Olympic projection spotlights Adidas factories ‘exploitation’

Inspirational action from War on Want.

From war on want here

Olympic projection spotlights Adidas factories ‘exploitation’

05 August 2012

NEWS PEG: Sunday, 5 August 2012   Olympic men’s 100 metres final

Olympic projection spotlights Adidas factories ‘exploitation’

London 2012 sponsor attacked over workers’ sweatshop conditions

Campaigners tonight projected a huge image on a building overlooking the Olympic Park, accusing the Olympics sportswear partner Adidas of making millions out of the exploitation of workers who make its clothes.

Adidas exploitation projection

Adidas has already sold £100 million of Olympic clothing whilst workers making its goods around the world are paid poverty wages and are having to skip meals to survive.

The anti-poverty charity War on Want beamed the 65 feet high image – which proclaimed “exploitation – not OK here, not OK anywhere” underneath Adidas famous three striped logo – as the sell-out 80,000 crowd left the stadium after the Olympic highlight, the men’s 100 metres final.


Murray Worthy, War on Want’s sweatshops campaigner, said: “Adidas are making millions yet the workers who make their clothes have to skip meals just to get by. This is exploitation. It wouldn’t be ok for Adidas to do this in the UK and it shouldn’t be ok anywhere else. Adidas must ensure that workers are paid enough to live.”

With the world’s eyes on London, the protest follows reports that Adidas factory workers near the Cambodian capital Phnom Penh receive £10 a week basic pay, are forced to work overtime, cannot afford decent food and live in squalid conditions.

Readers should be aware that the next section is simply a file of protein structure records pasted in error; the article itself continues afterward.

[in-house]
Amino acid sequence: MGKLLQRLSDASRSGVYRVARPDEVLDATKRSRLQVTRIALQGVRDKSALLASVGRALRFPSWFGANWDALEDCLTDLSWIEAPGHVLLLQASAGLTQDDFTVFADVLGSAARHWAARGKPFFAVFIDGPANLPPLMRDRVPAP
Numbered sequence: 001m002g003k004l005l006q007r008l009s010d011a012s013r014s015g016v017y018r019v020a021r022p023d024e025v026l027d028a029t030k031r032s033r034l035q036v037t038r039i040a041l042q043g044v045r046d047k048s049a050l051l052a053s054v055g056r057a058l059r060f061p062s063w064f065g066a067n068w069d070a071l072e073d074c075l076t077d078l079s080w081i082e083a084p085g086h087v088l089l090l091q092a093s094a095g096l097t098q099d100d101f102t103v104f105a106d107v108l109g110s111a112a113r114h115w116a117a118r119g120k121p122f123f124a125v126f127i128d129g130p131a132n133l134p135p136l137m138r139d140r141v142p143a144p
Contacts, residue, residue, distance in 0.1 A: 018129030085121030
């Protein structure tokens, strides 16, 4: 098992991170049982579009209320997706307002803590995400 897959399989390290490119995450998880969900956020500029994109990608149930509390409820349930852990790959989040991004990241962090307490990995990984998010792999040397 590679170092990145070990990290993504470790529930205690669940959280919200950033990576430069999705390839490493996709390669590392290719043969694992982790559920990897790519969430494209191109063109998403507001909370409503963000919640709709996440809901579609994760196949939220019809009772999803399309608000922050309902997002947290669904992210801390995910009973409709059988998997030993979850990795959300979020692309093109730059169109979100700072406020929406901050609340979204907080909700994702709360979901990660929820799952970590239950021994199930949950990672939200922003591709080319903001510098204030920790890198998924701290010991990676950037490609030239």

War on Want also cites other Adidas workers struggling to survive on well under a living wage in the Philippines, Indonesia, Sri Lanka and China.

It contrasts the workers’ poverty pay with the £529 million profits Adidas recorded in 2011 and its chief executive Herbert Hainer’s £4.6 million “compensation” last year.


  1. For images and video contact Paul Collins, War on Want Media Officer (+44) (0)7983 550728 | pcollins@waronwant.org
  2. More information about the campaign is available at www.notOKanywhere.org
  3. Allegations that Cambodians earn just a £10 a week basic wage for making Adidas products came last month at http://www.telegraph.co.uk/sport/olympics/news/9399363/Cambodian-workers-on-10-a-week-making-Olympics-fanwear.html
  4. In May, research by the Playfair 2012 coalition, including War on Want, found workers producing Adidas goods for poverty wages and forced to work excessive overtime. According to the study, people in China worked from 8 am to 11 pm. In Sri Lanka researchers discovered people compelled to work overtime in order to meet production targets. In the Philippines, more than half the workers interviewed said that in order to cover their essential needs they are forced to pawn their bank cash dispenser cards to loan sharks for high-interest loans. At all of the factories researchers visited, workers reported that they were not paid a living wage to meet their basic needs. Report at http://www.tuc.org.uk/tucfiles/291/sportswear.pdf
  5. In April the Independent reported Indonesian workers making Adidas gear, to be worn by Team GB athletes and Games volunteers, toiled up to 65 hours a week for poverty pay and suffered physical and verbal abuse. Story at http://www.independent.co.uk/news/world/asia/exposed-the-reality-behind-londons-ethical-olympics-7644013.html
  6. Adidas have refuted the 34p an hour claim, yet it has provided no evidence that the workers received higher wages. The Adidas’ official response also confirmed that at least one of its Indonesian suppliers failed to pay the legally mandated minimum wage.
  7. War on Want has also criticised Adidas for asserting in a statement that they had twice offered to talk with the charity, but received no response. It stressed that discussions with Adidas have taken place, but the multinational continues to deny the widespread nature of the problems and has failed to respond to the organisation’s demands that the firm commits to paying a living wage.

CONTACT: Paul Collins, War on Want media officer (+44) (0)7983 550728

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